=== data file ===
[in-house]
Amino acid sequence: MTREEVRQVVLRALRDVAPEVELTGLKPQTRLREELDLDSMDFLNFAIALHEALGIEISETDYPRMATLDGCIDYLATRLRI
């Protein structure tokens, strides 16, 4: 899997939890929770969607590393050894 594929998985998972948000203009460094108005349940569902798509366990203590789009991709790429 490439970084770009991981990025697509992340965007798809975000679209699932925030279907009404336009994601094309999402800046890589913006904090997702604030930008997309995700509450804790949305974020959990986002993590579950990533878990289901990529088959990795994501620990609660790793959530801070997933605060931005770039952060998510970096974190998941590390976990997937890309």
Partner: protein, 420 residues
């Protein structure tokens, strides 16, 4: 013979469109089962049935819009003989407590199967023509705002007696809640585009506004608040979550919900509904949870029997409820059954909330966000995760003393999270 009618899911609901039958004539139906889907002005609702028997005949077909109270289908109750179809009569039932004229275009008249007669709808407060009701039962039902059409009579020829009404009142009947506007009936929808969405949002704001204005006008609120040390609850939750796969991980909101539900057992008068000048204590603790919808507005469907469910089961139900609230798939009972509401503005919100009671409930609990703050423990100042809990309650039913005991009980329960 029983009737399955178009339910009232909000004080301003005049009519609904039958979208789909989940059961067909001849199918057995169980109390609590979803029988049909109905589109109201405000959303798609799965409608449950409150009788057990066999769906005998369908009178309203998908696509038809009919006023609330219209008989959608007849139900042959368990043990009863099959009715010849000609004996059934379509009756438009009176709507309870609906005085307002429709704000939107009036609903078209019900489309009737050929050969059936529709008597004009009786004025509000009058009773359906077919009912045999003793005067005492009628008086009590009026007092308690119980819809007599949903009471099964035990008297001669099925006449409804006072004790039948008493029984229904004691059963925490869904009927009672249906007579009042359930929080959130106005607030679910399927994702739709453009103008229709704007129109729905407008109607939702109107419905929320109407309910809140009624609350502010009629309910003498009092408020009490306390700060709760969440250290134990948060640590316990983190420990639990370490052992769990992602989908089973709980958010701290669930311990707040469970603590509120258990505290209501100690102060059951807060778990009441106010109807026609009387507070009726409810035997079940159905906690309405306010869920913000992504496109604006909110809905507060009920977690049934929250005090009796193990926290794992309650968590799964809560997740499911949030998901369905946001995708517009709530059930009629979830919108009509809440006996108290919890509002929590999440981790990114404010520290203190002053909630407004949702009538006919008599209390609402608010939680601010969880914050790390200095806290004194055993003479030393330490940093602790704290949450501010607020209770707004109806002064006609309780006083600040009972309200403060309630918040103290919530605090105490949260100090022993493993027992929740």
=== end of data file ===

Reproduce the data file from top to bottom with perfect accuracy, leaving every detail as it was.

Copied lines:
[in-house]
Amino acid sequence: MTREEVRQVVLRALRDVAPEVELTGLKPQTRLREELDLDSMDFLNFAIALHEALGIEISETDYPRMATLDGCIDYLATRLRI
């Protein structure tokens, strides 16, 4: 899997939890929770969607590393050894 594929998985998972948000203009460094108005349940569902798509366990203590789009991709790429 490439970084770009991981990025697509992340965007798809975000679209699932925030279907009404336009994601094309999402800046890589913006904090997702604030930008997309995700509450804790949305974020959990986002993590579950990533878990289901990529088959990795994501620990609660790793959530801070997933605060931005770039952060998510970096974190998941590390976990997937890309």
Partner: protein, 420 residues
């Protein structure tokens, strides 16, 4: 013979469109089962049935819009003989407590199967023509705002007696809640585009506004608040979550919900509904949870029997409820059954909330966000995760003393999270 009618899911609901039958004539139906889907002005609702028997005949077909109270289908109750179809009569039932004229275009008249007669709808407060009701039962039902059409009579020829009404009142009947506007009936929808969405949002704001204005006008609120040390609850939750796969991980909101539900057992008068000048204590603790919808507005469907469910089961139900609230798939009972509401503005919100009671409930609990703050423990100042809990309650039913005991009980329960 029983009737399955178009339910009232909000004080301003005049009519609904039958979208789909989940059961067909001849199918057995169980109390609590979803029988049909109905589109109201405000959303798609799965409608449950409150009788057990066999769906005998369908009178309203998908696509038809009919006023609330219209008989959608007849139900042959368990043990009863099959009715010849000609004996059934379509009756438009009176709507309870609906005085307002429709704000939107009036609903078209019900489309009737050929050969059936529709008597004009009786004025509000009058009773359906077919009912045999003793005067005492009628008086009590009026007092308690119980819809007599949903009471099964035990008297001669099925006449409804006072004790039948008493029984229904004691059963925490869904009927009672249906007579009042359930929080959130106005607030679910399927994702739709453009103008229709704007129109729905407008109607939702109107419905929320109407309910809140009624609350502010009629309910003498009092408020009490306390700060709760969440250290134990948060640590316990983190420990639990370490052992769990992602989908089973709980958010701290669930311990707040469970603590509120258990505290209501100690102060059951807060778990009441106010109807026609009387507070009726409810035997079940159905906690309405306010869920913000992504496109604006909110809905507060009920977690049934929250005090009796193990926290794992309650968590799964809560997740499911949030998901369905946001995708517009709530059930009629979830919108009509809440006996108290919890509002929590999440981790990114404010520290203190002053909630407004949702009538006919008599209390609402608010939680601010969880914050790390200095806290004194055993003479030393330490940093602790704290949450501010607020209770707004109806002064006609309780006083600040009972309200403060309630918040103290919530605090105490949260100090022993493993027992929740």